Thank heaven for Chris Baber, my personal Geek Squad. He can make practically anything work.

For now, though, got to unboggle this mind and head for Stillwater Springs, Montana. Logan and Flannery are waiting for me there, no doubt impatiently. You see, we're three quarters of the way through "Logan's Return", and they're chomping at the old bit.

For those of you who live in the Spokane area, mark your calendars. (Hello, Dave and Sue Bula--hope you show up for a visit!) I'll be at the Waldenbooks in the Spokane Valley Mall Saturday, March 1, from 12 to 2 pm, signing "Deadly Deceptions", the new Mojo adventure. Also at Auntie's, downtown, on Tuesday, March 4, at 7:30. The Auntie's gigs are always an informal chat type of set-up--I'm hoping to see the familar faces and a few new ones.

Gosh, look at the time. I've got a train to catch! Here's one of the many things about traveling the landscape of the Imagination: you can wear a bathrobe without getting arrested.

Monday, February 11, 2008

Coming Home

Well, as you know if you've been following this blog, I had a fabulous time in California. All that sunshine and those china blue skies--and, even better, being with Wendy and Jeremy.

It appears that the writer's strike is almost at an end, and that's good news. Wendy was hard at work on her new script as soon as she got back from dropping me off at the airport--her agent and manager are eager to get it out there the moment the big wheels start turning again.

Sadie and Bernice were thrilled with my return, of course. The cats basically said, "You again?" :) Bernice was practically hysterical with joy. Sadie wriggled in, grinning, for an ear-ruffling, but I know what she was thinking. "Got food?"

We still have deep snow and cold weather, so I admit to missing the California climate, as well as my beautiful daughter and her fiance, Jeremy, who is every woman's dream son-in-law. I miss Bailey, aka Big Dog, and Quintan and Claudia, the cats. It's just too bad we can't be in two places at once--a typical Gemini wish.

It's back to work in earnest today, and some art work when I have my pages done.

I'll be traveling again soon--I leave for New York on the 19th for a luncheon with the wonderful folks at Barnes and Noble and an editorial meeting with my HQN team. Busy, busy.

Gotta master this writing on the road thing!

Sunday, February 10, 2008

Sunday Morning

I'm out on the tiny balcony with Bailey, the grand-dog, watching the world go by.

This particular morning, I saw a young man of undetermined INS status, black garbage bag slung over one shoulder, going for one recyling can to the next, with a special metal stick--perhaps there is a magnet on the end--extracting aluminum cans from the bins and popping them into the bag. Surely not the happiest work in the world, but instead of pity, I felt admiration. He was clean and, like all Americans, from Somewhere Else. I could be all wet, but it struck me as an industrious thing to do. Sometimes you have to be new in the USA to see the place for what it is: a feast of plenty. Five will get you ten that this young man is saving most of the money he earns by turning in those cans, and I will go so far as to predict that in a decade or so, he'll be wearing custom-made suits.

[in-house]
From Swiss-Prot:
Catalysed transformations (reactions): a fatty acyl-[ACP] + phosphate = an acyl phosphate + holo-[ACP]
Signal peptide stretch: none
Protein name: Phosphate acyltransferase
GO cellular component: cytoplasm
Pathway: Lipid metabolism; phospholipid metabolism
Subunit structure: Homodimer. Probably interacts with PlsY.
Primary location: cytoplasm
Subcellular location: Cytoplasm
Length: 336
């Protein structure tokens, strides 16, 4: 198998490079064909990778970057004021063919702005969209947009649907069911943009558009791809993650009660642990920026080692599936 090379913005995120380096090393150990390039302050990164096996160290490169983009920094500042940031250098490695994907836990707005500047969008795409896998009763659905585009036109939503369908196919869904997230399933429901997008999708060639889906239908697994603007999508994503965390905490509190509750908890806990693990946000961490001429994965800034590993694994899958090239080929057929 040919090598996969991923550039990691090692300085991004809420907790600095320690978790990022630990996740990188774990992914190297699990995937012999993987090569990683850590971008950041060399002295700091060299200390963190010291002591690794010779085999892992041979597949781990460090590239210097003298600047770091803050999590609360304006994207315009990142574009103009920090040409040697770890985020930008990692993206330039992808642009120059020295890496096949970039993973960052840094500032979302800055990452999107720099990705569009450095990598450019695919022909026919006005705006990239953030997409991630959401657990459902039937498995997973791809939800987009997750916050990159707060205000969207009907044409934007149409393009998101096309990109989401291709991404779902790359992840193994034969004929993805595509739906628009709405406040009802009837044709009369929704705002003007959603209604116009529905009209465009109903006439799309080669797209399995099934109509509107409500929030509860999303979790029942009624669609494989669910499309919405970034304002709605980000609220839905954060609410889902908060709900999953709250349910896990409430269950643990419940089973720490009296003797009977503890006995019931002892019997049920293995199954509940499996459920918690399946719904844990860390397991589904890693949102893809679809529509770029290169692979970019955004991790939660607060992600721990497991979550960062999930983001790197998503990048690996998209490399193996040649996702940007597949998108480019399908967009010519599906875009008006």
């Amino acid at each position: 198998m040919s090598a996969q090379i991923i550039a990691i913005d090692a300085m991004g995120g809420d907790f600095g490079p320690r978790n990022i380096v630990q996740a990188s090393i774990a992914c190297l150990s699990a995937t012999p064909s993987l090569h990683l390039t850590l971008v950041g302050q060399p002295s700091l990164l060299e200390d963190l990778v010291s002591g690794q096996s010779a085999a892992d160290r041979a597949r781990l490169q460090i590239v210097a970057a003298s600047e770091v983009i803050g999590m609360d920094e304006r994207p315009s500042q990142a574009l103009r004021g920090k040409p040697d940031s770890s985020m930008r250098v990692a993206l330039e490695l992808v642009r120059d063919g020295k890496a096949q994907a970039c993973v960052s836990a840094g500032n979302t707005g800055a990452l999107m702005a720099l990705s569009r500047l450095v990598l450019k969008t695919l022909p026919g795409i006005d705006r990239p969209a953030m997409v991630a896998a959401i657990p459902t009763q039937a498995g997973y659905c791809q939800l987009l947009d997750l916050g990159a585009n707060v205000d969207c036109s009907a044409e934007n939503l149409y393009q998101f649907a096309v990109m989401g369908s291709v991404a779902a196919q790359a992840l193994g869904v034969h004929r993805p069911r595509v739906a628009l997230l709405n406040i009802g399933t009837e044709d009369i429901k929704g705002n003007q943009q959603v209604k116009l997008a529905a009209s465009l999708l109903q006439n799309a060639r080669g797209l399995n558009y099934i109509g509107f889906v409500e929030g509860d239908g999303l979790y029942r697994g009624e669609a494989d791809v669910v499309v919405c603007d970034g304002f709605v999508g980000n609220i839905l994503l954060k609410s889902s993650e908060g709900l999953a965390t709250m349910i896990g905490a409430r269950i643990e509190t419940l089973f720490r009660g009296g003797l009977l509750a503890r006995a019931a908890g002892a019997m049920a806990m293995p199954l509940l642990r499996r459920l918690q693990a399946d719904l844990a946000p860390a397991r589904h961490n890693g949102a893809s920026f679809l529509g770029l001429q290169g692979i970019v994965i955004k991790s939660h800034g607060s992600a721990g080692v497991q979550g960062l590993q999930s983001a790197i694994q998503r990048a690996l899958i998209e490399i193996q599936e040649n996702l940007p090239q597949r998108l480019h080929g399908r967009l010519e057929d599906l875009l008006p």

Okay, so I have an imagination. But why not? In America, anything is possible, and that's one of the many reasons I love it.

This is my last day to visit here in the land of sunshine. I will be sad to leave Wendy and Jeremy, but happy to be greeted by my pets at home. I guess life is like that, isn't it?

Saturday, February 09, 2008

Last Night

The many and varied members of Wendy's writers group came over for spaghetti, meatballs, red wine, and great talk. We had a wonderful time! Writers, of course, are great storytellers, and there were some wild ones. We even watched a few clips from the movie Wendy's friend Chip is making--very intriguing. The world is full of fascinating people!

Earlier in the day, Wendy and I met with Irene Webb, at a lovely Italian trattoria on Montana. Irene is a film agent, among her other talents, and is interested in pitching some of my books for movies! That was exciting!

This is our last full day together, as I will be going back to Spokane tomorrow. Good news/bad news. Wendy and I are very close, and being several states apart is difficult for us, and the good-byes are always hard. We've been making the most of our time together, that's for sure.

It's a strange thing about children. You carry them in your womb, nuture them to adulthood, and all the time, if you're doing a good job, you're teaching them NOT to need you. Sometimes I want to ask God, "What's up with that?"

Alas, I know the answer. They're not supposed to need us, not to survive and thrive, anyway. But my girl still needs her mom, for a sounding board, for encouragement, etc.

That's fine with me.

Friday, February 08, 2008

Friday Morning

Another lovely, blue-skied day in California!